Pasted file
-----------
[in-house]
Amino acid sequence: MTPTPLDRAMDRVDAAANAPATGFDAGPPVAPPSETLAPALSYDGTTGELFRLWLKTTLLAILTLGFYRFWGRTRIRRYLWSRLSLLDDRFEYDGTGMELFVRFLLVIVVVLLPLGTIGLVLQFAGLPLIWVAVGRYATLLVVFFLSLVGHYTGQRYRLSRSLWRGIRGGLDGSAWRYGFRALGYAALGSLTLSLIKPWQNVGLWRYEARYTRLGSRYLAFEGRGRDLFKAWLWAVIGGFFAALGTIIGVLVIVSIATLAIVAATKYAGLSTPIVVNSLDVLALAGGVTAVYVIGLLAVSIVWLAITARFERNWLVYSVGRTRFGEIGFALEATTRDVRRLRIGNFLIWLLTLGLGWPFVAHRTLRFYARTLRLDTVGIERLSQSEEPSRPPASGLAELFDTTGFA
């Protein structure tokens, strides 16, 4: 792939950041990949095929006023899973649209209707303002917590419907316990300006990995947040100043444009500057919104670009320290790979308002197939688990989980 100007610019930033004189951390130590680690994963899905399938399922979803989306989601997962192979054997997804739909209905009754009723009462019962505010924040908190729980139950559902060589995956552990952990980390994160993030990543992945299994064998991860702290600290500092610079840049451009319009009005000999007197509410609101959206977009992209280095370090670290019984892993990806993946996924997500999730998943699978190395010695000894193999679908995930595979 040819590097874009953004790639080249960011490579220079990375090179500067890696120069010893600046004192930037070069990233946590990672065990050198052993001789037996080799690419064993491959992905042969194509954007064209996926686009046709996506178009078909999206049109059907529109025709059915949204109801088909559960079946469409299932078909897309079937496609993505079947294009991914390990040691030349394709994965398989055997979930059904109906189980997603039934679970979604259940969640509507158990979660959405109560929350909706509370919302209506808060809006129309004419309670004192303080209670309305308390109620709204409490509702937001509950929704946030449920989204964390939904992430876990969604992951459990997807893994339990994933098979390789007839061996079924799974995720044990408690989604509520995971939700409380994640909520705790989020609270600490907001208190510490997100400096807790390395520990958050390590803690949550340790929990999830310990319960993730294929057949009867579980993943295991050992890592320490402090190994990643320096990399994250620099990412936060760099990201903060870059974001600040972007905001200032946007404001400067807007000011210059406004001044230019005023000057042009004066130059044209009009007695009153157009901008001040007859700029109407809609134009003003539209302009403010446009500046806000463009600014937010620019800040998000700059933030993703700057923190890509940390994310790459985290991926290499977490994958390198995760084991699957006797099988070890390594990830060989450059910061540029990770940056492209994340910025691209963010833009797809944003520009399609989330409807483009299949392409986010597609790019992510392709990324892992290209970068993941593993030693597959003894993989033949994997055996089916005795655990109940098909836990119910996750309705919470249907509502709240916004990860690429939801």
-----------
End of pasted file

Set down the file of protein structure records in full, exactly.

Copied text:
[in-house]
Amino acid sequence: MTPTPLDRAMDRVDAAANAPATGFDAGPPVAPPSETLAPALSYDGTTGELFRLWLKTTLLAILTLGFYRFWGRTRIRRYLWSRLSLLDDRFEYDGTGMELFVRFLLVIVVVLLPLGTIGLVLQFAGLPLIWVAVGRYATLLVVFFLSLVGHYTGQRYRLSRSLWRGIRGGLDGSAWRYGFRALGYAALGSLTLSLIKPWQNVGLWRYEARYTRLGSRYLAFEGRGRDLFKAWLWAVIGGFFAALGTIIGVLVIVSIATLAIVAATKYAGLSTPIVVNSLDVLALAGGVTAVYVIGLLAVSIVWLAITARFERNWLVYSVGRTRFGEIGFALEATTRDVRRLRIGNFLIWLLTLGLGWPFVAHRTLRFYARTLRLDTVGIERLSQSEEPSRPPASGLAELFDTTGFA
């Protein structure tokens, strides 16, 4: 792939950041990949095929006023899973649209209707303002917590419907316990300006990995947040100043444009500057919104670009320290790979308002197939688990989980 100007610019930033004189951390130590680690994963899905399938399922979803989306989601997962192979054997997804739909209905009754009723009462019962505010924040908190729980139950559902060589995956552990952990980390994160993030990543992945299994064998991860702290600290500092610079840049451009319009009005000999007197509410609101959206977009992209280095370090670290019984892993990806993946996924997500999730998943699978190395010695000894193999679908995930595979 040819590097874009953004790639080249960011490579220079990375090179500067890696120069010893600046004192930037070069990233946590990672065990050198052993001789037996080799690419064993491959992905042969194509954007064209996926686009046709996506178009078909999206049109059907529109025709059915949204109801088909559960079946469409299932078909897309079937496609993505079947294009991914390990040691030349394709994965398989055997979930059904109906189980997603039934679970979604259940969640509507158990979660959405109560929350909706509370919302209506808060809006129309004419309670004192303080209670309305308390109620709204409490509702937001509950929704946030449920989204964390939904992430876990969604992951459990997807893994339990994933098979390789007839061996079924799974995720044990408690989604509520995971939700409380994640909520705790989020609270600490907001208190510490997100400096807790390395520990958050390590803690949550340790929990999830310990319960993730294929057949009867579980993943295991050992890592320490402090190994990643320096990399994250620099990412936060760099990201903060870059974001600040972007905001200032946007404001400067807007000011210059406004001044230019005023000057042009004066130059044209009009007695009153157009901008001040007859700029109407809609134009003003539209302009403010446009500046806000463009600014937010620019800040998000700059933030993703700057923190890509940390994310790459985290991926290499977490994958390198995760084991699957006797099988070890390594990830060989450059910061540029990770940056492209994340910025691209963010833009797809944003520009399609989330409807483009299949392409986010597609790019992510392709990324892992290209970068993941593993030693597959003894993989033949994997055996089916005795655990109940098909836990119910996750309705919470249907509502709240916004990860690429939801």